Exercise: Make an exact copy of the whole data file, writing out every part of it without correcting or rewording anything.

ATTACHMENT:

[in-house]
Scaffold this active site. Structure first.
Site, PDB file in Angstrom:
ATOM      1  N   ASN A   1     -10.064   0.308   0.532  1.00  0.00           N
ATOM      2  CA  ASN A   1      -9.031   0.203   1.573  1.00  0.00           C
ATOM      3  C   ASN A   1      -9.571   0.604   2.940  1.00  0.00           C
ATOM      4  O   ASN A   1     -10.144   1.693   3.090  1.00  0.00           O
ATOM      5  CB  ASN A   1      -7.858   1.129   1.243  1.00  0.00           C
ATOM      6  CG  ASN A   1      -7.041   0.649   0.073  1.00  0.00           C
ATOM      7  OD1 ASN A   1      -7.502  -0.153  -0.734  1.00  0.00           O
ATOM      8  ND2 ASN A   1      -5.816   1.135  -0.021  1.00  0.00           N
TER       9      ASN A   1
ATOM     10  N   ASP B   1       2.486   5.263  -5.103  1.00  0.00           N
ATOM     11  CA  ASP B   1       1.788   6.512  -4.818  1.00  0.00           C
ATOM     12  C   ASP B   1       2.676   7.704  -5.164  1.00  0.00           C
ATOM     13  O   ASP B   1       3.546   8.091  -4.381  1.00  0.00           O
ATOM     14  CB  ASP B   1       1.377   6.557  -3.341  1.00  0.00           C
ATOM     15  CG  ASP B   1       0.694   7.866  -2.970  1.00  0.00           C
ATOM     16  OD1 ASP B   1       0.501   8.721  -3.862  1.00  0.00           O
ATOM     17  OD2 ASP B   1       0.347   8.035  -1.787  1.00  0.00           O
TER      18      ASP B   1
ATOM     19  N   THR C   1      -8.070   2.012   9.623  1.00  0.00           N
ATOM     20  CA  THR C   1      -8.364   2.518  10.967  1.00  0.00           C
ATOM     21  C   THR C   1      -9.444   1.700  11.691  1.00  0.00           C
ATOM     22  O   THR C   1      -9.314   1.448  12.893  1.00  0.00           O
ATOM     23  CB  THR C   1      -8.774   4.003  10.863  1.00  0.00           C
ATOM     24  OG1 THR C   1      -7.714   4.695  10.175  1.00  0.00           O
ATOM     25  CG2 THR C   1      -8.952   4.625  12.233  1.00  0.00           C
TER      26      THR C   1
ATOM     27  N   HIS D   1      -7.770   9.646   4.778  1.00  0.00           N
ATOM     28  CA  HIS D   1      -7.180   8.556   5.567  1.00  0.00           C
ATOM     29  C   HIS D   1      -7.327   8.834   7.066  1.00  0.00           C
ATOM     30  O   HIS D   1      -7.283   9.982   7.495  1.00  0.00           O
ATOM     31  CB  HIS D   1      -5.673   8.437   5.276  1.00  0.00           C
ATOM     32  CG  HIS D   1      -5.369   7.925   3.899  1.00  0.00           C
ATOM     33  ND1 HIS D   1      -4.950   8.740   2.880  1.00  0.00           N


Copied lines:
[in-house]
Scaffold this active site. Structure first.
Site, PDB file in Angstrom:
ATOM      1  N   ASN A   1     -10.064   0.308   0.532  1.00  0.00           N
ATOM      2  CA  ASN A   1      -9.031   0.203   1.573  1.00  0.00           C
ATOM      3  C   ASN A   1      -9.571   0.604   2.940  1.00  0.00           C
ATOM      4  O   ASN A   1     -10.144   1.693   3.090  1.00  0.00           O
ATOM      5  CB  ASN A   1      -7.858   1.129   1.243  1.00  0.00           C
ATOM      6  CG  ASN A   1      -7.041   0.649   0.073  1.00  0.00           C
ATOM      7  OD1 ASN A   1      -7.502  -0.153  -0.734  1.00  0.00           O
ATOM      8  ND2 ASN A   1      -5.816   1.135  -0.021  1.00  0.00           N
TER       9      ASN A   1
ATOM     10  N   ASP B   1       2.486   5.263  -5.103  1.00  0.00           N
ATOM     11  CA  ASP B   1       1.788   6.512  -4.818  1.00  0.00           C
ATOM     12  C   ASP B   1       2.676   7.704  -5.164  1.00  0.00           C
ATOM     13  O   ASP B   1       3.546   8.091  -4.381  1.00  0.00           O
ATOM     14  CB  ASP B   1       1.377   6.557  -3.341  1.00  0.00           C
ATOM     15  CG  ASP B   1       0.694   7.866  -2.970  1.00  0.00           C
ATOM     16  OD1 ASP B   1       0.501   8.721  -3.862  1.00  0.00           O
ATOM     17  OD2 ASP B   1       0.347   8.035  -1.787  1.00  0.00           O
TER      18      ASP B   1
ATOM     19  N   THR C   1      -8.070   2.012   9.623  1.00  0.00           N
ATOM     20  CA  THR C   1      -8.364   2.518  10.967  1.00  0.00           C
ATOM     21  C   THR C   1      -9.444   1.700  11.691  1.00  0.00           C
ATOM     22  O   THR C   1      -9.314   1.448  12.893  1.00  0.00           O
ATOM     23  CB  THR C   1      -8.774   4.003  10.863  1.00  0.00           C
ATOM     24  OG1 THR C   1      -7.714   4.695  10.175  1.00  0.00           O
ATOM     25  CG2 THR C   1      -8.952   4.625  12.233  1.00  0.00           C
TER      26      THR C   1
ATOM     27  N   HIS D   1      -7.770   9.646   4.778  1.00  0.00           N
ATOM     28  CA  HIS D   1      -7.180   8.556   5.567  1.00  0.00           C
ATOM     29  C   HIS D   1      -7.327   8.834   7.066  1.00  0.00           C
ATOM     30  O   HIS D   1      -7.283   9.982   7.495  1.00  0.00           O
ATOM     31  CB  HIS D   1      -5.673   8.437   5.276  1.00  0.00           C
ATOM     32  CG  HIS D   1      -5.369   7.925   3.899  1.00  0.00           C
ATOM     33  ND1 HIS D   1      -4.950   8.740   2.880  1.00  0.00           N